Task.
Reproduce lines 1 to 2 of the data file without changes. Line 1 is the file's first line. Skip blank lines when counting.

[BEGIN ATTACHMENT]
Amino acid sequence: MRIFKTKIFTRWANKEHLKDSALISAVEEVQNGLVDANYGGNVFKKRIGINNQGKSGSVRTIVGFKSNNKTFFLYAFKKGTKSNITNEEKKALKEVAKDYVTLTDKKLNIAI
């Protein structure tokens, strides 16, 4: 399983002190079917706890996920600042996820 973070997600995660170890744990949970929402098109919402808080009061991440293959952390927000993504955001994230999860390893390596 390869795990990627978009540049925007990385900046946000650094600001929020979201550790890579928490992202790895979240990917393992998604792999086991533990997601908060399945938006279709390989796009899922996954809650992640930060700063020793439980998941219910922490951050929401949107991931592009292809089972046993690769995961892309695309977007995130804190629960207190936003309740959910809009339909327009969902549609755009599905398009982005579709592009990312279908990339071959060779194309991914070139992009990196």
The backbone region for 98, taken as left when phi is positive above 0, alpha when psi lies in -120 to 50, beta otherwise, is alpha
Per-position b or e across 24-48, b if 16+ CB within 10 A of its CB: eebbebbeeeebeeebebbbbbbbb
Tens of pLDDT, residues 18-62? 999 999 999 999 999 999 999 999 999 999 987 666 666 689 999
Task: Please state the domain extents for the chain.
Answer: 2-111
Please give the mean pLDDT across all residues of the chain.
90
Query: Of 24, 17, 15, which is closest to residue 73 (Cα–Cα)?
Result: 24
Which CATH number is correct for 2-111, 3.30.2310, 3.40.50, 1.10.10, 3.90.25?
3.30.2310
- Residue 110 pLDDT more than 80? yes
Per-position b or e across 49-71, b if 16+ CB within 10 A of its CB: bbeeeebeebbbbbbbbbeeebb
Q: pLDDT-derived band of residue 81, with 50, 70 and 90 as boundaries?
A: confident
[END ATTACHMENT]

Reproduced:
Amino acid sequence: MRIFKTKIFTRWANKEHLKDSALISAVEEVQNGLVDANYGGNVFKKRIGINNQGKSGSVRTIVGFKSNNKTFFLYAFKKGTKSNITNEEKKALKEVAKDYVTLTDKKLNIAI
């Protein structure tokens, strides 16, 4: 399983002190079917706890996920600042996820 973070997600995660170890744990949970929402098109919402808080009061991440293959952390927000993504955001994230999860390893390596 390869795990990627978009540049925007990385900046946000650094600001929020979201550790890579928490992202790895979240990917393992998604792999086991533990997601908060399945938006279709390989796009899922996954809650992640930060700063020793439980998941219910922490951050929401949107991931592009292809089972046993690769995961892309695309977007995130804190629960207190936003309740959910809009339909327009969902549609755009599905398009982005579709592009990312279908990339071959060779194309991914070139992009990196």